March 24, 2014
Authored by: Dan Wheeler
In the bankers’ version of March Madness drama, on March 21, 2011, a three judge panel of the U.S. Court of Appeals for the D.C. Circuit handed down a decision that is broadly perceived as a significant victory for banks at the expense of merchants. (The decision is captioned NACS f/k/a National Association of Convenience Stores, et al. v. Board of Governors of the Federal Reserve System.)
The issue was the legality of the Federal Reserve’s rules implementing the “Durbin Amendment” portion of Dodd-Frank. That portion of the legislation is generally viewed as having required regulatory caps on the interchange fees that can be charged to merchants. Merchants criticized the Federal Reserve’s rules for allowing interchange fees at a level much higher than allowed by Dodd-Frank and for allowing interchange competition rules less strict (and thus more favorable to banks) than permitted under Dodd-Frank. The merchants essentially won this argument at the lower court, the U.S. District Court for the District of Columbia. The Court of Appeals reversed the district court on all key issues. The merchants can still appeal the decision to the entire D.C. Circuit appeals court, or to the U.S. Supreme Court. However, based on our review of this decision, such an appeal appears to have a limited chance of success. And it seems highly unlikely that either party in Congress is willing to legislate any further on interchange fee issues.
To understand the scope and effect of the decision, a brief review is in order. The Dodd-Frank Financial Reform Act passed in 2010 included a provision now widely known as the Durbin Amendment, due to its authorship by Illinois Sen. Richard Durbin. It is widely believed that Senator Durbin authored the provision at the request of the merchant Walgreens, one of his important constituents. One portion of the Durbin Amendment applies to banks and credit unions with over $10 billion in assets. For those institutions, the Federal Reserve was required to promulgate regulations to cap interchange or “swipe” fees on debit-card transactions at a level “reasonable and proportional” to the cost the financial institution actually incurs. Another part of the Durbin Amendment required the Federal Reserve to promulgate regulations to ensure that merchants had at least two unaffiliated networks through which debit card transactions could be routed.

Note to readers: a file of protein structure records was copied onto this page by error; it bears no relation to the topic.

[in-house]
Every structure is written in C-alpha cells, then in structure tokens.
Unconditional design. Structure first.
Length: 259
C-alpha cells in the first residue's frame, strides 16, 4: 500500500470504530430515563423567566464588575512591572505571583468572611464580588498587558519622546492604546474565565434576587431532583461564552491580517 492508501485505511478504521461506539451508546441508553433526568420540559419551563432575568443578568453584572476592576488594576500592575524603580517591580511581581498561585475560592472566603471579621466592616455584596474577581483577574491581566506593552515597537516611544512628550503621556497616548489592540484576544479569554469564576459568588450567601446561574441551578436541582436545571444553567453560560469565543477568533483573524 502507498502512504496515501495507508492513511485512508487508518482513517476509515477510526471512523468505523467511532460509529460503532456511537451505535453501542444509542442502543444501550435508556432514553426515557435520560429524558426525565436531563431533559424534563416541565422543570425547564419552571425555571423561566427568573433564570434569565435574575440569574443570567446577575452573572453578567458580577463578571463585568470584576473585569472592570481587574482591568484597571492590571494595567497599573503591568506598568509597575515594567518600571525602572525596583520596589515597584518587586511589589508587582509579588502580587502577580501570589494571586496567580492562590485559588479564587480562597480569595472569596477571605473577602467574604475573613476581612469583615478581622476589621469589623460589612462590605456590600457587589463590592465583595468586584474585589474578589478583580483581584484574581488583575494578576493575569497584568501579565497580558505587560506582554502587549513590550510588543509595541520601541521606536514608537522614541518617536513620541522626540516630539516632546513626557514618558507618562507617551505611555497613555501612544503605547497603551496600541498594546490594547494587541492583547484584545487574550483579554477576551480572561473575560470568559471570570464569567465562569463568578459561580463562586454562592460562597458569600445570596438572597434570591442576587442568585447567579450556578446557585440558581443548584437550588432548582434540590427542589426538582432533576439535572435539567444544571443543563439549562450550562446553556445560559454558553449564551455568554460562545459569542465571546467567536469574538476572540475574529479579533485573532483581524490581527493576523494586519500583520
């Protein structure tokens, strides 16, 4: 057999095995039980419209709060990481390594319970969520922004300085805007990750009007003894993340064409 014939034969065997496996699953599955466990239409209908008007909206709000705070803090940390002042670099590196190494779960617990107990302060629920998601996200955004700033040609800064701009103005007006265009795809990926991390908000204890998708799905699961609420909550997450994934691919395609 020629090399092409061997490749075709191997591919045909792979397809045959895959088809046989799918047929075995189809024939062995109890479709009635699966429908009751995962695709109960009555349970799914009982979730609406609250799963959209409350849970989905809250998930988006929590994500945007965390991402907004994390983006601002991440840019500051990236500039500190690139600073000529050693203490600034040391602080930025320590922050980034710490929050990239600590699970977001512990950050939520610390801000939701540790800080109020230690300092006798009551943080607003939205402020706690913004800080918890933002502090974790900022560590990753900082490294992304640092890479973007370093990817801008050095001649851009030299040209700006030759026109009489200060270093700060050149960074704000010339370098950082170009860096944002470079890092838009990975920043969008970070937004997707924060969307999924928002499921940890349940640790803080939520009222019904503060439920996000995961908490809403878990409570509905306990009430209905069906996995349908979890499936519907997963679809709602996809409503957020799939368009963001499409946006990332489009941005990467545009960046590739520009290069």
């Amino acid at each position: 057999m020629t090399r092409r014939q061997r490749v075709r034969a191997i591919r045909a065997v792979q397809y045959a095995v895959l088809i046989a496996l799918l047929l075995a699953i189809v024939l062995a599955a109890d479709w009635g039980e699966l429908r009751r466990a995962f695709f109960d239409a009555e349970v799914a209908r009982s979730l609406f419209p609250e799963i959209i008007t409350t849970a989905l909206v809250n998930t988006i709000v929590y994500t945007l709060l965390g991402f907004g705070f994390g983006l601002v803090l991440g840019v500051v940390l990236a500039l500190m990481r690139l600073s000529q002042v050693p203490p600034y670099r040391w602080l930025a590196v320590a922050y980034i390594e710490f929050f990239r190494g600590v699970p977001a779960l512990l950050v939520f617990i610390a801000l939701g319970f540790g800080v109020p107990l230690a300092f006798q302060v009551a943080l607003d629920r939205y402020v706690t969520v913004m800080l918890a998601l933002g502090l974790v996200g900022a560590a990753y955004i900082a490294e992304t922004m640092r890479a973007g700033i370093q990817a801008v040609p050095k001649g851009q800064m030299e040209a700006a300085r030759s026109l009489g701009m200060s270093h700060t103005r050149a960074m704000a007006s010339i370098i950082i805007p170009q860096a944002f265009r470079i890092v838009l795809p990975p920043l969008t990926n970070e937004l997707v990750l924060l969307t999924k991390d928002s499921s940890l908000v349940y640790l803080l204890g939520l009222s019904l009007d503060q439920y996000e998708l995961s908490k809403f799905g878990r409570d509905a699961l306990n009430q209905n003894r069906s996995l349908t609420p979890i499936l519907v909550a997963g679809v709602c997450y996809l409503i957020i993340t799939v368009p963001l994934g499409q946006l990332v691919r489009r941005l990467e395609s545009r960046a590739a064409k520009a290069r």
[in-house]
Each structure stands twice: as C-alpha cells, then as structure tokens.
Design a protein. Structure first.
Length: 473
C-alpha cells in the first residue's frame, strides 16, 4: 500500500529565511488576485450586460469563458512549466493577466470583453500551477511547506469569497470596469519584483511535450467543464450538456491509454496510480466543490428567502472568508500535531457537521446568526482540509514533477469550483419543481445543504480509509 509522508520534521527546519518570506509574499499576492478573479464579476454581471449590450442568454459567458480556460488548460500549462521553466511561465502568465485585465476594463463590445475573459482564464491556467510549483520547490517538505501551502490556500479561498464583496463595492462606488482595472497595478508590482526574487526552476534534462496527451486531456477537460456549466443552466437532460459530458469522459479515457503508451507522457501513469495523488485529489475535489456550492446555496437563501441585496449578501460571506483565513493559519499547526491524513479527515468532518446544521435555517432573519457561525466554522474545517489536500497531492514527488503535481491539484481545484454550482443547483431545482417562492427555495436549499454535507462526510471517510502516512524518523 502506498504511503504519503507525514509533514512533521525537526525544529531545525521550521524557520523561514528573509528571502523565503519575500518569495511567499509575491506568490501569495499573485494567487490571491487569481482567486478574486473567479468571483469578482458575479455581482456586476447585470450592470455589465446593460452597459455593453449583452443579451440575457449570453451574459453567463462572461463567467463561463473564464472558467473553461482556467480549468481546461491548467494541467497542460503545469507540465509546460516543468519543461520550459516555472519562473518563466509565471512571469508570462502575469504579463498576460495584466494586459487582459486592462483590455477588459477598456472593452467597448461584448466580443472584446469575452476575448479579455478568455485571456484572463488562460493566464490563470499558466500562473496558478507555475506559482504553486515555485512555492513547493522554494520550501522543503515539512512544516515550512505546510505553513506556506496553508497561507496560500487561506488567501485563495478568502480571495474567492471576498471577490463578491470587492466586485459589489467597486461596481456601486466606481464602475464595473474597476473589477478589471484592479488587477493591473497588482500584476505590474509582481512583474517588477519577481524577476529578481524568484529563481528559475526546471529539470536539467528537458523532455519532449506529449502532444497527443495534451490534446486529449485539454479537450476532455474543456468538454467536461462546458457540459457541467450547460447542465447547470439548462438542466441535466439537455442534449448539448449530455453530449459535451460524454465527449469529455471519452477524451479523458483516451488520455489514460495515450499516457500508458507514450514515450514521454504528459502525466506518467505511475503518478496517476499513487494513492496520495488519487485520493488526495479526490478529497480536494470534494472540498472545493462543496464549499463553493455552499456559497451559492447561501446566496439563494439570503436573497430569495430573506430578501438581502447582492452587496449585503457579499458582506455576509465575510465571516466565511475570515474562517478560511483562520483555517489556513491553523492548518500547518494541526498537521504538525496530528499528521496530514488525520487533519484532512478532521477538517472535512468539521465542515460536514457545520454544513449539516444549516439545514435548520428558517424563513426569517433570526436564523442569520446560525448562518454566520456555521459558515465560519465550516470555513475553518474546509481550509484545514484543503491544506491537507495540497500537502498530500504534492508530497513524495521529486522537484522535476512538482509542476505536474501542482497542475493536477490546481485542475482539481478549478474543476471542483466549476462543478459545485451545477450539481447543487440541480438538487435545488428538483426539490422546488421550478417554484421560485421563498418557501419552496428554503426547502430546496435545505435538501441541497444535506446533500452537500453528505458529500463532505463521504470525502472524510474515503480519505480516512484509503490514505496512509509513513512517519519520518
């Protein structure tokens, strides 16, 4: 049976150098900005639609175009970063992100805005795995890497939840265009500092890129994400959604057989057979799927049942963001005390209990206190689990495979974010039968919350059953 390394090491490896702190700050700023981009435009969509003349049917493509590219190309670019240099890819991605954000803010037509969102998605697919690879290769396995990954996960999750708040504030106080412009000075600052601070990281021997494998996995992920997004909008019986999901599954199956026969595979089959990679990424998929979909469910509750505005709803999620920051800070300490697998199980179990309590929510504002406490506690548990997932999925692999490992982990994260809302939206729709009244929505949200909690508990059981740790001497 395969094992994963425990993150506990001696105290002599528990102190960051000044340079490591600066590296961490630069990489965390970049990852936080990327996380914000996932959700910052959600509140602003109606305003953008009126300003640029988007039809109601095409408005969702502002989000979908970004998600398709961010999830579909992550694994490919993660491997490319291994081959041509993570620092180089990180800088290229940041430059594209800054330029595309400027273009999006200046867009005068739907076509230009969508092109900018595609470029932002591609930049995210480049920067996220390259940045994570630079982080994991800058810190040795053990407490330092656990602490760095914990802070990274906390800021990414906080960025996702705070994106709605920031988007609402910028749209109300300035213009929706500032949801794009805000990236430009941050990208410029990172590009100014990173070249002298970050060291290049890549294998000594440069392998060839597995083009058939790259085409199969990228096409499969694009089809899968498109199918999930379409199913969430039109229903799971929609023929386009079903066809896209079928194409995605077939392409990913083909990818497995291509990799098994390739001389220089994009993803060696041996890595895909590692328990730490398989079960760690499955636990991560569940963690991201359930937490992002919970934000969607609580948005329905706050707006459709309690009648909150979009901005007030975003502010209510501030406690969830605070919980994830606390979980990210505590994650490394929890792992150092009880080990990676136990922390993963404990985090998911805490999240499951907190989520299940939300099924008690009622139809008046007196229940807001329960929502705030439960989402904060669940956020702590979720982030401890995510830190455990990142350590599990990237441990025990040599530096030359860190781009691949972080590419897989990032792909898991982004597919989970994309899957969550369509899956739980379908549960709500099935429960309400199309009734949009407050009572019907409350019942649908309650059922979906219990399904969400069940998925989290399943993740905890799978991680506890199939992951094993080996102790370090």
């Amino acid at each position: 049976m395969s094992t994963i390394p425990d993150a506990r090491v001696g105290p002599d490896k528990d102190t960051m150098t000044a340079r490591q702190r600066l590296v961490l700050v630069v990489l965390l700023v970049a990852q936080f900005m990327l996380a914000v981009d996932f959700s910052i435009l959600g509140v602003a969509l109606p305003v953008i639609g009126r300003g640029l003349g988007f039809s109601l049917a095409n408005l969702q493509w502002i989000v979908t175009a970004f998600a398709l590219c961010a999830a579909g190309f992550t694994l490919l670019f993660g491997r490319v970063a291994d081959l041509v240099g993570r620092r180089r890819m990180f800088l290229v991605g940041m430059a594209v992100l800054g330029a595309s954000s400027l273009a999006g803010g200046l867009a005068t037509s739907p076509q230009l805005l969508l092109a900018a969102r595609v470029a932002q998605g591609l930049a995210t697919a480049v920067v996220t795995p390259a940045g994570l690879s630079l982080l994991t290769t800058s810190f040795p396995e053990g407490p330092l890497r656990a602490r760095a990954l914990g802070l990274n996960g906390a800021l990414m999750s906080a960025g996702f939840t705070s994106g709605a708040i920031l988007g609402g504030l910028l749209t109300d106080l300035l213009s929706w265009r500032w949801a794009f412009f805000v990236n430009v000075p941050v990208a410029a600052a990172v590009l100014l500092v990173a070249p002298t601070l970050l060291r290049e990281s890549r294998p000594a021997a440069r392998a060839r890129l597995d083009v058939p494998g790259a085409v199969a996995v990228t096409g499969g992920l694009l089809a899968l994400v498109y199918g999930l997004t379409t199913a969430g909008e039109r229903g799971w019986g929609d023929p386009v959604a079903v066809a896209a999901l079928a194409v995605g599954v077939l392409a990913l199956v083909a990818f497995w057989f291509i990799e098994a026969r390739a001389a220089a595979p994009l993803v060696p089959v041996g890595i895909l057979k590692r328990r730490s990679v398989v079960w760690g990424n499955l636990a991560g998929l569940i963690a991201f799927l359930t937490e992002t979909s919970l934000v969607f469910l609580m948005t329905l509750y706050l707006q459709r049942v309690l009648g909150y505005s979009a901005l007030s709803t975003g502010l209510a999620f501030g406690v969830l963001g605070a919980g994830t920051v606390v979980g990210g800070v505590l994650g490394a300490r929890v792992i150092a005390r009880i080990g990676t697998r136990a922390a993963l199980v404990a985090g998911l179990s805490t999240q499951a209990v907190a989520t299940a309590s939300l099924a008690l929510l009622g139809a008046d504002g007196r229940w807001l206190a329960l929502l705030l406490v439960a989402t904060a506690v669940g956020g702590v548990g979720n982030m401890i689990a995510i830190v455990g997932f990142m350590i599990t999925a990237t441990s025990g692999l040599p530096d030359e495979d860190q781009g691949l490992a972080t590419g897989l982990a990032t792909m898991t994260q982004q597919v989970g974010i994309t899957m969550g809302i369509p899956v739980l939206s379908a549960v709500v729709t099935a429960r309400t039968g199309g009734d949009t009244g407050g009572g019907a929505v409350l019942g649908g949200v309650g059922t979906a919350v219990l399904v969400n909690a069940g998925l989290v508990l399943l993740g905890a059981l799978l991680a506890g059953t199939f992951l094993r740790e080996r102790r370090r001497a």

In response to the Durbin Amendment, the Federal Reserve initially proposed capping interchange fees at about $0.12 per transaction. Then, after considerable study, analysis and uproar from the banking industry that argued with some force that a $0.12 rate would force them to operate at a loss, the Fed’s final regulation capped interchange fees at approximately $0.24 per debit transaction. The Fed also provided in its final regulations that debit cards may use one PIN debit network and one signature debit network, as long as the two networks were not affiliated.